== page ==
Raspberry Pi – Arduino – Link the two via the I2C bus

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Some say that it not dogs with sausages but sometimes why not binding. Then Raspberry Pi and the Arduino are not necessarily also opposed, with even points in common but each benefits that can be good to combine.

RaspArduinoI2CWith Raspberry Pi you can via ports GPIO control external components and of the hack in electronics. But I imagine that some already have mastered their Arduino, they have the equipment, etc. Et puis ça fait un tuto en plus 😀

To bind the two, We will pass by the I2C Protocol. Several reasons for this : do not use the USB port, Raspberry Pi is limited (If you want to do it anyway there is an article in the MagPi #15 and I will make a myself later). And do not use the serial port. Here it's a little more personal, because I have a card Slice Of Pi on a Raspberry for the weather station and it uses the serial port for wireless sensors.

The I2C Protocol, created by Philips with a home orientation, allows several components to interact between them in a bidirectional way but half-duplex only. As usual, more info at Wikipedia.

There is a principle of master and slave. Here so we will use Raspberry Pi as master and the Arduino as a slave.

Primarily to connect two devices need to know what pins to use !
For the raspberry is on the GPIO 2 and 3 (for maps from model B revision 2, those with the mounting holes in the map)


For the Arduino, It happens on the A4 and A5 pins for the Arduino Uno type cards. For other cards, You can find more information on the official Arduino site.

arduino-i2c-2Need to add a connection to the mass between the two. So you need three wires.

Before connecting our two devices, It must be ensured that they will be able to communicate. All the information is on the site of adafruit but wholesale, Here's what to do.

Define the Arduino as a slave

It is relatively simple by including the Wire module in the program. I took the address 0 x 12 but you can choose 0 x 0 x 77 03 (in hex) :

#include <Wire.h>

#define SLAVE_ADDRESS 0 x 12 int dataReceived = 0;

void setup() {

void loop() {

void receiveData(int byteCount){
    While(Wire.available()) {
        dataReceived = Wire.read();
        Serial.print("Data received : ");

void sendData(){
    int send = dataReceived + 1;

You'll understand, the program Initializes the Arduino with address 0 x 12, defines the method of receiving data, the method of sending data and go to send it to the card with the interface.

Enable management I2C on Raspberry Pi

By default, distributions of type Raspbian disable I2C management to save the memory used by the module. To re-enable, It's easy and it is in the file /etc/modprobe.d/raspi-blacklist.conf. Need to be commented out with a # the line :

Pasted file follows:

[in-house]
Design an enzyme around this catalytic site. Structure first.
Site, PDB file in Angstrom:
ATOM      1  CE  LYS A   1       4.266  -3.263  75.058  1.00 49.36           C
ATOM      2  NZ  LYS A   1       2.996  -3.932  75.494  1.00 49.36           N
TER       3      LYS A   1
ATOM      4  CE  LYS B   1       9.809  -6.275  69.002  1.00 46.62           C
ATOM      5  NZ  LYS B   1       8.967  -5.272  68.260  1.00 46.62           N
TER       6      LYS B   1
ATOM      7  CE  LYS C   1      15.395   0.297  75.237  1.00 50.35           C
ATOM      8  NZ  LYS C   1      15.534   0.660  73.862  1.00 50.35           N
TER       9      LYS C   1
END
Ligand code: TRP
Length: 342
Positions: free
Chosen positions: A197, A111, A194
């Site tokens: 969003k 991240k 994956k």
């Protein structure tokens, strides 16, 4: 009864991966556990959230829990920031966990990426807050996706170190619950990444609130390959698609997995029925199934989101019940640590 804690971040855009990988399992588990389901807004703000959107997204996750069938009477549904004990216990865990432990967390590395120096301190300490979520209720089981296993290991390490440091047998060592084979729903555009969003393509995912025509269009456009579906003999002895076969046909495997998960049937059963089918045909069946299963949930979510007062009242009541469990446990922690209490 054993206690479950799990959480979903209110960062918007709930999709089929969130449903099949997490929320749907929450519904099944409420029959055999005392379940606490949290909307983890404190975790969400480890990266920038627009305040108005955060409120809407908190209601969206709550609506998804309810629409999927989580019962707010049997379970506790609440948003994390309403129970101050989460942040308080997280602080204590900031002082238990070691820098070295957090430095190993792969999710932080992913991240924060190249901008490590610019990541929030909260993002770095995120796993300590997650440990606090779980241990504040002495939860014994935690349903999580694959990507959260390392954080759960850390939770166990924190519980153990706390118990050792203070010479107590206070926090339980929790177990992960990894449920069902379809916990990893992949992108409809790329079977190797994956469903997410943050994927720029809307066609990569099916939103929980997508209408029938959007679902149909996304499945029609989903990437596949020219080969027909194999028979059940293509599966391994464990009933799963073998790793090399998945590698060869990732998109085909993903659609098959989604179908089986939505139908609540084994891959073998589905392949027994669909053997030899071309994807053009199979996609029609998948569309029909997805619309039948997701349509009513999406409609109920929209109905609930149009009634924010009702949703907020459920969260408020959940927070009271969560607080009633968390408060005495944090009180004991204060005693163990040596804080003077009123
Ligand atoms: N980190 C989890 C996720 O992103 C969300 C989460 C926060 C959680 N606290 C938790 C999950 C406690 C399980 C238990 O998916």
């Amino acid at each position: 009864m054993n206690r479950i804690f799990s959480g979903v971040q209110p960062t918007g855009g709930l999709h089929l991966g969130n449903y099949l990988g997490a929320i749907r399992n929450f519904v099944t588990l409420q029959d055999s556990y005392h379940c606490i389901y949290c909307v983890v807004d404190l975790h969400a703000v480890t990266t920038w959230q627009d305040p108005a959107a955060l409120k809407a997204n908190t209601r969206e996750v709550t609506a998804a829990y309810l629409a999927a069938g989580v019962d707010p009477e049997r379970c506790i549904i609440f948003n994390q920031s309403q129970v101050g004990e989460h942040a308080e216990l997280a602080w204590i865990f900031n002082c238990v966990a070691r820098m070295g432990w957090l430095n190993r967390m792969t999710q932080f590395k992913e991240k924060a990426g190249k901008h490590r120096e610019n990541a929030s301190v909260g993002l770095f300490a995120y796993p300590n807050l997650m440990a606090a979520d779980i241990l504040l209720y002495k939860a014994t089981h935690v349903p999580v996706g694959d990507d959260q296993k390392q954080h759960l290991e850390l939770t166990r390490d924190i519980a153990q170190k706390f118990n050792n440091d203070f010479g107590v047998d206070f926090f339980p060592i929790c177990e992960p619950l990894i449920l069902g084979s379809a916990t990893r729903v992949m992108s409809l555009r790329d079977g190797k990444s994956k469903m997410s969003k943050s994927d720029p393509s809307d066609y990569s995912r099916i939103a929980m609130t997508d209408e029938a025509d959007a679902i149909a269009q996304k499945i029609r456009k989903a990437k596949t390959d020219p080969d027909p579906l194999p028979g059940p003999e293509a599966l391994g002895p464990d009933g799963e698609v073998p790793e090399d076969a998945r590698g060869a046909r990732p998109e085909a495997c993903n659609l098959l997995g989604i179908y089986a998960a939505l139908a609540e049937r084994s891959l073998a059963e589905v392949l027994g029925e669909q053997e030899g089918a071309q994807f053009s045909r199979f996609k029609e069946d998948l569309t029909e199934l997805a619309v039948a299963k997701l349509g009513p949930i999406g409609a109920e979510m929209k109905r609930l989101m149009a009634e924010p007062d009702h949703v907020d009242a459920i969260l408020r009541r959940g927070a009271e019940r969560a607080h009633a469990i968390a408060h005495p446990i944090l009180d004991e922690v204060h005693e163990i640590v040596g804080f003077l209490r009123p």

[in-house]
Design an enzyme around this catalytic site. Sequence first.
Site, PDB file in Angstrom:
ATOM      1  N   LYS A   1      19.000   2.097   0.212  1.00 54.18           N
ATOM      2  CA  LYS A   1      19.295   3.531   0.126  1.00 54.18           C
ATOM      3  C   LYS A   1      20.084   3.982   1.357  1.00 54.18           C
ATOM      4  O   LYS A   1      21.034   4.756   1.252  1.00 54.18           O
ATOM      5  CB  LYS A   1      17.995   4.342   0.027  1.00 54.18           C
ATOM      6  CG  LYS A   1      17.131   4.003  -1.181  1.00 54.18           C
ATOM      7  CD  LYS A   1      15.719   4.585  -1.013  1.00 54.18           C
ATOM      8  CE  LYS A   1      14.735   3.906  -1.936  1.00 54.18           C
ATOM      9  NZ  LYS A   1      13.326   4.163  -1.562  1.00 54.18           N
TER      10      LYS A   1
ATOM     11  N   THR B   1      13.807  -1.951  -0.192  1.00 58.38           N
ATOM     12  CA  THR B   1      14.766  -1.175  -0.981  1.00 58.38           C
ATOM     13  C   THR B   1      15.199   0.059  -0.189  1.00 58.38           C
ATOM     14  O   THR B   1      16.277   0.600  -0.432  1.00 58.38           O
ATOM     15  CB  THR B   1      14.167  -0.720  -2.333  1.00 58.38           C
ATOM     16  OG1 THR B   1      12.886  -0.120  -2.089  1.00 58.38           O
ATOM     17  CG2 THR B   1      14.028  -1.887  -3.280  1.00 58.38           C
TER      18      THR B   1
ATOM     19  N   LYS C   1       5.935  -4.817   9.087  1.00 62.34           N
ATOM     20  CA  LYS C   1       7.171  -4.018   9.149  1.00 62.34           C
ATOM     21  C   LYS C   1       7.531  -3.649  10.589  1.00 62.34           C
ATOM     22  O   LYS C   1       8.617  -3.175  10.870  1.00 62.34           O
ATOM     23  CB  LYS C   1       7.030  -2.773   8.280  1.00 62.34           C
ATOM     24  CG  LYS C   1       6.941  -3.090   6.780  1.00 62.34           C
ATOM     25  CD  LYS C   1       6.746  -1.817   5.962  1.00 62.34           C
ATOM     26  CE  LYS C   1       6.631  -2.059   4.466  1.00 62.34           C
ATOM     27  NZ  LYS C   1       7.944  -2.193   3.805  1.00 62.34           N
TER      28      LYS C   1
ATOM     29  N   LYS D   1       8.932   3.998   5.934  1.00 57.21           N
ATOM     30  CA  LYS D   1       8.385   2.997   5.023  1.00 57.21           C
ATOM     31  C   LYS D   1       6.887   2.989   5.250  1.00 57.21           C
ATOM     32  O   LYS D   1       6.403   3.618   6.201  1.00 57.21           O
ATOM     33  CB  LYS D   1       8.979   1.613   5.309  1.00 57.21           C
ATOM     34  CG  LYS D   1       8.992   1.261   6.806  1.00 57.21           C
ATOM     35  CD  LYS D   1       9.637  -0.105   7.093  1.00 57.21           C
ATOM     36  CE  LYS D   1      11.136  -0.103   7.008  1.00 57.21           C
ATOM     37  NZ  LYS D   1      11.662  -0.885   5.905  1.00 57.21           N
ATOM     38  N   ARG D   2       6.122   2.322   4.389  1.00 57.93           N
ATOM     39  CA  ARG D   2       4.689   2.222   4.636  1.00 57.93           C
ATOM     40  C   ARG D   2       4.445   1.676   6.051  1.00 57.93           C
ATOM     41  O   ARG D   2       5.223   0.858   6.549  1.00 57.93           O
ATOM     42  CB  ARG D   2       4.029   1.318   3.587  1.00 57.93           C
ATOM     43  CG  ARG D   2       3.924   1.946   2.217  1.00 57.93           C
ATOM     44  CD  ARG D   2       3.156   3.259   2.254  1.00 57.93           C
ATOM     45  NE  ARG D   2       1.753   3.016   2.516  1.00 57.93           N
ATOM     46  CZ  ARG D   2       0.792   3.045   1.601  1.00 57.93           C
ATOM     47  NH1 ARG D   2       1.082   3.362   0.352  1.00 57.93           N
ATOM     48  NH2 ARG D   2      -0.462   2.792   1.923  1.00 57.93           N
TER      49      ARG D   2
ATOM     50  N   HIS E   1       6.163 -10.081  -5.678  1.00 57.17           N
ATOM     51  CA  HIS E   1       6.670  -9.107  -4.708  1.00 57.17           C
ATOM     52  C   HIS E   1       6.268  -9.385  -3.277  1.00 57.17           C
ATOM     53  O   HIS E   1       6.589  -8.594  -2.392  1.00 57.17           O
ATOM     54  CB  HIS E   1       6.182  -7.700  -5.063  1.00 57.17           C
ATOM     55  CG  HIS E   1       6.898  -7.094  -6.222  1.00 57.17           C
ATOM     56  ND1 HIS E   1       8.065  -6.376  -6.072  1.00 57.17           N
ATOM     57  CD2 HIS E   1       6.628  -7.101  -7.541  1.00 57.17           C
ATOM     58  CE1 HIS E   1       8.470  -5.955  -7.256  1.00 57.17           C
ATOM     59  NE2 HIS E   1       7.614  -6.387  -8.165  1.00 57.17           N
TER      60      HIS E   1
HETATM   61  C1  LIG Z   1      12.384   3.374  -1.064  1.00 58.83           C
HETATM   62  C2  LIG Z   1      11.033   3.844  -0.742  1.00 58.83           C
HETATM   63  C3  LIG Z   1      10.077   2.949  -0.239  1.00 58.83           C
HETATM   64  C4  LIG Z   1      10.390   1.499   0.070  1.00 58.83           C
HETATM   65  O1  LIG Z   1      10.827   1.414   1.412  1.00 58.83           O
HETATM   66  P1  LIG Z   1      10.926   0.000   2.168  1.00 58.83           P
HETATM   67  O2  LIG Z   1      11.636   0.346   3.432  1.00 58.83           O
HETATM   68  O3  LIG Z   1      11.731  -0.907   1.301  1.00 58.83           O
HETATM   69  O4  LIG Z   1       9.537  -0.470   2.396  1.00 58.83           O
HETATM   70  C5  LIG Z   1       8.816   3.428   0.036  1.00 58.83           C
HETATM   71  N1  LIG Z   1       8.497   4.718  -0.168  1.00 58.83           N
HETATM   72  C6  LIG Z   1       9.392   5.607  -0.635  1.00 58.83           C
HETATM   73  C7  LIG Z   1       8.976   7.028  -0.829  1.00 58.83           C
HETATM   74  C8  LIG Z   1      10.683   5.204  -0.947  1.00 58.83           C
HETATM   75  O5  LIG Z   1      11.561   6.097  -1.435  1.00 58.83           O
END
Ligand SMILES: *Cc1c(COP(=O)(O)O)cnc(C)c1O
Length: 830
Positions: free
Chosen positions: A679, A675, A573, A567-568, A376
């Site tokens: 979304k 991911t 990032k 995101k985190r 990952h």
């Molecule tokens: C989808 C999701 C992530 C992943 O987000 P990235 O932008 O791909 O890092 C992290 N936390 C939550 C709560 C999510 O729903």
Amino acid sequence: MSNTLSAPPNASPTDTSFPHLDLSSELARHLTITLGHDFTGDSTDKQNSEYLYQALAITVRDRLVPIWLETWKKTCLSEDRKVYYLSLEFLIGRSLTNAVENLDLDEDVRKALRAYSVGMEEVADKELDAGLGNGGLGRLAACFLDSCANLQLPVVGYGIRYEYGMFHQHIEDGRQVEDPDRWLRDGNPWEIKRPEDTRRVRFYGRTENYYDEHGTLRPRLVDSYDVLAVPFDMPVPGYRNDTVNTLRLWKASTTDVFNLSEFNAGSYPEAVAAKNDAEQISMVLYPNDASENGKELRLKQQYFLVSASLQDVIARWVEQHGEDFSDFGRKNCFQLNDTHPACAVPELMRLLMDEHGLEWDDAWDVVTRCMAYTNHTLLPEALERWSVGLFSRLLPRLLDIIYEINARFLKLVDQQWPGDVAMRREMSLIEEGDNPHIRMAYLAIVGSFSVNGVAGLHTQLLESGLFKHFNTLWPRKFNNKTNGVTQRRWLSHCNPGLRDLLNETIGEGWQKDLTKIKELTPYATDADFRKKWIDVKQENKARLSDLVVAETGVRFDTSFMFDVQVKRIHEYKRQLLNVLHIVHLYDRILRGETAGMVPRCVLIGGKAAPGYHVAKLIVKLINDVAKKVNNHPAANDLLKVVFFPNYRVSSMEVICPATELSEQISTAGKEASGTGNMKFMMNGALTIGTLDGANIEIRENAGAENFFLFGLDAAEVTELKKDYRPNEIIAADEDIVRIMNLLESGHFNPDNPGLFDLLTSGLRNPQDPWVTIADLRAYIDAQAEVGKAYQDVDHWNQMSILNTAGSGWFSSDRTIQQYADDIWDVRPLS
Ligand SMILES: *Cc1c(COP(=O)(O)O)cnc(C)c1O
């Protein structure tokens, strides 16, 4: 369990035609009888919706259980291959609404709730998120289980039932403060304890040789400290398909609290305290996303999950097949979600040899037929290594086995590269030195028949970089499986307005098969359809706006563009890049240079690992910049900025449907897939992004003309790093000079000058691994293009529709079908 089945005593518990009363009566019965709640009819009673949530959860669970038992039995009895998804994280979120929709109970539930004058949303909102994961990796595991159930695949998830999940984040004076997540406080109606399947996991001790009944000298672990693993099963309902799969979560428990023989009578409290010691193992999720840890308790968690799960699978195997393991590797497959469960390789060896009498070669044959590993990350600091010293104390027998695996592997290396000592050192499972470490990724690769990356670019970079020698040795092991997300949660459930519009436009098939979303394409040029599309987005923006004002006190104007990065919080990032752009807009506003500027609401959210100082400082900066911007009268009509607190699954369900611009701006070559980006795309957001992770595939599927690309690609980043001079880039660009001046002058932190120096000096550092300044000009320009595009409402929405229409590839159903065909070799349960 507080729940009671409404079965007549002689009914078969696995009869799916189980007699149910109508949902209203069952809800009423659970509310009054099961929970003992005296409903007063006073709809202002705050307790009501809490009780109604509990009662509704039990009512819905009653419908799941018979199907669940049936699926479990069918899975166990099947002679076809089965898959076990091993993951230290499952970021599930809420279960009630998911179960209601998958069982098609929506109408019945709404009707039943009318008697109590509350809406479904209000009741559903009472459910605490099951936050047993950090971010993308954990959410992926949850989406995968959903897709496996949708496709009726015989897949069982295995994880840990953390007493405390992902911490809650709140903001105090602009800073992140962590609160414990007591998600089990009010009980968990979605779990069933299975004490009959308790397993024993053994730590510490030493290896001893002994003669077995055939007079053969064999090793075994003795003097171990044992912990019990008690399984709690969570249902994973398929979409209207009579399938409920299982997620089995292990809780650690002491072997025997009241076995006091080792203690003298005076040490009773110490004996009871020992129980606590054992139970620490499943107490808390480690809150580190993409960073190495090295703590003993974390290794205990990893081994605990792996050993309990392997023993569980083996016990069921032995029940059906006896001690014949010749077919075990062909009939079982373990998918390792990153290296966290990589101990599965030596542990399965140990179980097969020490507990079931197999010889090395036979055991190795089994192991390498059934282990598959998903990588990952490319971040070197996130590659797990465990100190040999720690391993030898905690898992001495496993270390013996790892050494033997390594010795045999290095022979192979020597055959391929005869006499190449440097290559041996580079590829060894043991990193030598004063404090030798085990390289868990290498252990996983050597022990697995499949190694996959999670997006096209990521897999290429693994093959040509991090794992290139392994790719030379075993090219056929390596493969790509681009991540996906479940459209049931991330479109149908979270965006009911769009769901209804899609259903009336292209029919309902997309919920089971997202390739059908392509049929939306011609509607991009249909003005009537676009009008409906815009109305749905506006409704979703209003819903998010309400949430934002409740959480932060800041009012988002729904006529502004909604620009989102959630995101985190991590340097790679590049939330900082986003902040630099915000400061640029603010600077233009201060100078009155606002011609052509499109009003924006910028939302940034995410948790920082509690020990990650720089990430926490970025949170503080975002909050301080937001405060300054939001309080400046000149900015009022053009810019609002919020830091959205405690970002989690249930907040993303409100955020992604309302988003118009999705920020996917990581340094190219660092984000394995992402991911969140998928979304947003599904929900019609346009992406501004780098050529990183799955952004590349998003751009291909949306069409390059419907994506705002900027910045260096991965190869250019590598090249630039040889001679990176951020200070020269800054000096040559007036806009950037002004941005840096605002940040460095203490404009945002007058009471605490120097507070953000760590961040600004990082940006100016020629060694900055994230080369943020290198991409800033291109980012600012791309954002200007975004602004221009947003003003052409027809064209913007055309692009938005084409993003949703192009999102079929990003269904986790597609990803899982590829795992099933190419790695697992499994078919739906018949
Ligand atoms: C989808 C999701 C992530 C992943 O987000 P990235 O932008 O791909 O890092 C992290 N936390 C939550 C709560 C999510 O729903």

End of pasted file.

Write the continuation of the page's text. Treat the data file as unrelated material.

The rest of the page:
blacklist i2c-bcm2708

Rest to enable the module each time you start. It is in the file /etc/modules, by adding at the end a new line :

I2C - dev

Then you install the suite of management I2C tools

apt-get install i2c-tools

You will have to restart the Raspberry to appear two files :

Thanks to them you will be able to communicate on the I2C bus !

You can list devices with the command :

i2cdetect y 1

For 256 MB models (as one that I used for my tests) :

i2cdetect y 0

Voilà. Next step : connect the Arduino and talk to him !

Communicate with the Arduino

You can now connect the Arduino to the Raspberry and turn all this small world !

Attention, on the schema, SDA and SCL connection is reversed ! Le rouge en A5 et le balnc va en A4 😉


Once done, you log on to the Raspberry Pi and you restart the command i2cdetect with the proper parameter :


The setting in the sketch to the Arduino, 0x 12, appears in the detected devices. It progresses !

We now need to implement the script on Raspberry Pi who will send/receive with the Arduino. For this, the simplest is to install the support of I2C in Python scripts. This is what will make python-smbus

apt - get install python-smbus

We are now equipped to speak to our Arduino. For this a small program everything simple. Send a digit between 0 and 8 and return us this number plus one :

smbus import time import

# Replace 0 by 1 so new bus Raspberry = smbus.SMBus(0)
address = 0 x 12 print "The value sent 3"
bus.write_byte(address, 3)
# Break 1 second to allow time for the treatment to be time.sleep(1)
response = bus.read_byte(address)
print "The response of the arduino : ", response

The result of the execution :


Let talk your imagination to now lead the Arduino by sending applications a little more complex depending on what you plugged it !

Source and inspiration : a section d’Oscar

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